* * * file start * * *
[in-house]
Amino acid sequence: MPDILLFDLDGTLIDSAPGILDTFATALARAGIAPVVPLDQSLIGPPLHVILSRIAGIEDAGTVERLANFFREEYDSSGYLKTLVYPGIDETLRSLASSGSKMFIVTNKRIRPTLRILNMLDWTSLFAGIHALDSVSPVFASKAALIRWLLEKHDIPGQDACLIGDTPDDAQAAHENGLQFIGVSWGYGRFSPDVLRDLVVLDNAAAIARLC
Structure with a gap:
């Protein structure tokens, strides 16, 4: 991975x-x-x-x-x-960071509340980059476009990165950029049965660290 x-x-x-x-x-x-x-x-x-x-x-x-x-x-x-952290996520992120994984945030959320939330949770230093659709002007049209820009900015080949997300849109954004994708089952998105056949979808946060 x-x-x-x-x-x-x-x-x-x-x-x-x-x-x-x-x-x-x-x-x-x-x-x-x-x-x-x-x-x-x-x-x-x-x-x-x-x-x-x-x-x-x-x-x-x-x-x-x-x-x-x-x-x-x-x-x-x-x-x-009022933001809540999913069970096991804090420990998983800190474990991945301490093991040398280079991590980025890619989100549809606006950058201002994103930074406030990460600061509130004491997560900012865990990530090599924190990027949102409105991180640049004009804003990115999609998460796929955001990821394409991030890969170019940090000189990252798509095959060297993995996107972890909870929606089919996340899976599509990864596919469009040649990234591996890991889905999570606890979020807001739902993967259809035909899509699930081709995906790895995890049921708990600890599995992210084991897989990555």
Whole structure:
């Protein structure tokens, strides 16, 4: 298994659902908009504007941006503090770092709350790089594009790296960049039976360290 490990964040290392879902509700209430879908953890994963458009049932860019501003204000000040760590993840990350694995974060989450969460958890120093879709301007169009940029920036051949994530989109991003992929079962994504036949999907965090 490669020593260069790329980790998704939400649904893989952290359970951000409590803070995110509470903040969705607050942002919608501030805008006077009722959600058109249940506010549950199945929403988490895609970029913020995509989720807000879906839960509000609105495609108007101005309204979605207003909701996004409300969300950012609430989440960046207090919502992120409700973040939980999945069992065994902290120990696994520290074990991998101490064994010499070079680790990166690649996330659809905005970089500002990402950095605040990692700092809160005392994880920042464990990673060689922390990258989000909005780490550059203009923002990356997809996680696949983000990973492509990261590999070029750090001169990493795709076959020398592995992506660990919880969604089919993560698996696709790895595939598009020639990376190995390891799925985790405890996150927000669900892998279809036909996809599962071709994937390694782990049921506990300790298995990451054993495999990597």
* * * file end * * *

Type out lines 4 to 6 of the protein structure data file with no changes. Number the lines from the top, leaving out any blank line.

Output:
């Protein structure tokens, strides 16, 4: 991975x-x-x-x-x-960071509340980059476009990165950029049965660290 x-x-x-x-x-x-x-x-x-x-x-x-x-x-x-952290996520992120994984945030959320939330949770230093659709002007049209820009900015080949997300849109954004994708089952998105056949979808946060 x-x-x-x-x-x-x-x-x-x-x-x-x-x-x-x-x-x-x-x-x-x-x-x-x-x-x-x-x-x-x-x-x-x-x-x-x-x-x-x-x-x-x-x-x-x-x-x-x-x-x-x-x-x-x-x-x-x-x-x-009022933001809540999913069970096991804090420990998983800190474990991945301490093991040398280079991590980025890619989100549809606006950058201002994103930074406030990460600061509130004491997560900012865990990530090599924190990027949102409105991180640049004009804003990115999609998460796929955001990821394409991030890969170019940090000189990252798509095959060297993995996107972890909870929606089919996340899976599509990864596919469009040649990234591996890991889905999570606890979020807001739902993967259809035909899509699930081709995906790895995890049921708990600890599995992210084991897989990555």
Whole structure:
């Protein structure tokens, strides 16, 4: 298994659902908009504007941006503090770092709350790089594009790296960049039976360290 490990964040290392879902509700209430879908953890994963458009049932860019501003204000000040760590993840990350694995974060989450969460958890120093879709301007169009940029920036051949994530989109991003992929079962994504036949999907965090 490669020593260069790329980790998704939400649904893989952290359970951000409590803070995110509470903040969705607050942002919608501030805008006077009722959600058109249940506010549950199945929403988490895609970029913020995509989720807000879906839960509000609105495609108007101005309204979605207003909701996004409300969300950012609430989440960046207090919502992120409700973040939980999945069992065994902290120990696994520290074990991998101490064994010499070079680790990166690649996330659809905005970089500002990402950095605040990692700092809160005392994880920042464990990673060689922390990258989000909005780490550059203009923002990356997809996680696949983000990973492509990261590999070029750090001169990493795709076959020398592995992506660990919880969604089919993560698996696709790895595939598009020639990376190995390891799925985790405890996150927000669900892998279809036909996809599962071709994937390694782990049921506990300790298995990451054993495999990597």